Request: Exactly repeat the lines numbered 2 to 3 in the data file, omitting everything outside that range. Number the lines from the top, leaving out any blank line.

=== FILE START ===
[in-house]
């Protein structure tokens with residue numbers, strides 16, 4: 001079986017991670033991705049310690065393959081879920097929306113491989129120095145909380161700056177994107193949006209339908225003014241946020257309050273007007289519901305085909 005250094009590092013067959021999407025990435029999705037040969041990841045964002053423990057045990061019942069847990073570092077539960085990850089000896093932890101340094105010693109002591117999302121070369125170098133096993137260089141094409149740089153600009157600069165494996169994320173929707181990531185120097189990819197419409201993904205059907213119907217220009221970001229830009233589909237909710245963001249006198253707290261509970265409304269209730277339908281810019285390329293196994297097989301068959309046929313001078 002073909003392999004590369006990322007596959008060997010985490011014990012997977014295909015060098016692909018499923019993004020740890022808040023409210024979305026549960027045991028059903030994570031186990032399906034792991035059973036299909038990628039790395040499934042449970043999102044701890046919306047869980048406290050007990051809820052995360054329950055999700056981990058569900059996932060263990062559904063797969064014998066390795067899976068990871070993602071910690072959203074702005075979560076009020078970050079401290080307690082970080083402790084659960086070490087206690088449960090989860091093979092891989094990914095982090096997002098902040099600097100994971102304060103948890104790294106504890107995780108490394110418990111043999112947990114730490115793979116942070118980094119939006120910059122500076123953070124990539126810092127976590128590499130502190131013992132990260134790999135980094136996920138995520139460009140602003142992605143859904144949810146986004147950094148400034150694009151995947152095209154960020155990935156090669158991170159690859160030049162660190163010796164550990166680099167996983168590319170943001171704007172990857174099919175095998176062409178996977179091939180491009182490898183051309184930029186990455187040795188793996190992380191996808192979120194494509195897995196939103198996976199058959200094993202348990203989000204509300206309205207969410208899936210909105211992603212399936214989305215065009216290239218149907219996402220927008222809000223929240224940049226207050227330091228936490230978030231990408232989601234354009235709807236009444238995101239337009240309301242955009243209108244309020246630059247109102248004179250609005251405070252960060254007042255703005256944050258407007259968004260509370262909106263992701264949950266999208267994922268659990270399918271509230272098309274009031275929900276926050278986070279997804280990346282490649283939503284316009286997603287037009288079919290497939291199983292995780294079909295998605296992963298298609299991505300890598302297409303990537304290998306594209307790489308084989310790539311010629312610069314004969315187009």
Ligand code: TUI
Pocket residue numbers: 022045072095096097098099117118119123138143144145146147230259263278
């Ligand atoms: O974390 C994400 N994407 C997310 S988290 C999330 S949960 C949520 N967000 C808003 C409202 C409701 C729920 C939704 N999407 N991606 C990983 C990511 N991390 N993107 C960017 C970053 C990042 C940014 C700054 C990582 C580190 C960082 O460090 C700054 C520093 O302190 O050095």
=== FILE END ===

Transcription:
């Protein structure tokens with residue numbers, strides 16, 4: 001079986017991670033991705049310690065393959081879920097929306113491989129120095145909380161700056177994107193949006209339908225003014241946020257309050273007007289519901305085909 005250094009590092013067959021999407025990435029999705037040969041990841045964002053423990057045990061019942069847990073570092077539960085990850089000896093932890101340094105010693109002591117999302121070369125170098133096993137260089141094409149740089153600009157600069165494996169994320173929707181990531185120097189990819197419409201993904205059907213119907217220009221970001229830009233589909237909710245963001249006198253707290261509970265409304269209730277339908281810019285390329293196994297097989301068959309046929313001078 002073909003392999004590369006990322007596959008060997010985490011014990012997977014295909015060098016692909018499923019993004020740890022808040023409210024979305026549960027045991028059903030994570031186990032399906034792991035059973036299909038990628039790395040499934042449970043999102044701890046919306047869980048406290050007990051809820052995360054329950055999700056981990058569900059996932060263990062559904063797969064014998066390795067899976068990871070993602071910690072959203074702005075979560076009020078970050079401290080307690082970080083402790084659960086070490087206690088449960090989860091093979092891989094990914095982090096997002098902040099600097100994971102304060103948890104790294106504890107995780108490394110418990111043999112947990114730490115793979116942070118980094119939006120910059122500076123953070124990539126810092127976590128590499130502190131013992132990260134790999135980094136996920138995520139460009140602003142992605143859904144949810146986004147950094148400034150694009151995947152095209154960020155990935156090669158991170159690859160030049162660190163010796164550990166680099167996983168590319170943001171704007172990857174099919175095998176062409178996977179091939180491009182490898183051309184930029186990455187040795188793996190992380191996808192979120194494509195897995196939103198996976199058959200094993202348990203989000204509300206309205207969410208899936210909105211992603212399936214989305215065009216290239218149907219996402220927008222809000223929240224940049226207050227330091228936490230978030231990408232989601234354009235709807236009444238995101239337009240309301242955009243209108244309020246630059247109102248004179250609005251405070252960060254007042255703005256944050258407007259968004260509370262909106263992701264949950266999208267994922268659990270399918271509230272098309274009031275929900276926050278986070279997804280990346282490649283939503284316009286997603287037009288079919290497939291199983292995780294079909295998605296992963298298609299991505300890598302297409303990537304290998306594209307790489308084989310790539311010629312610069314004969315187009």
Ligand code: TUI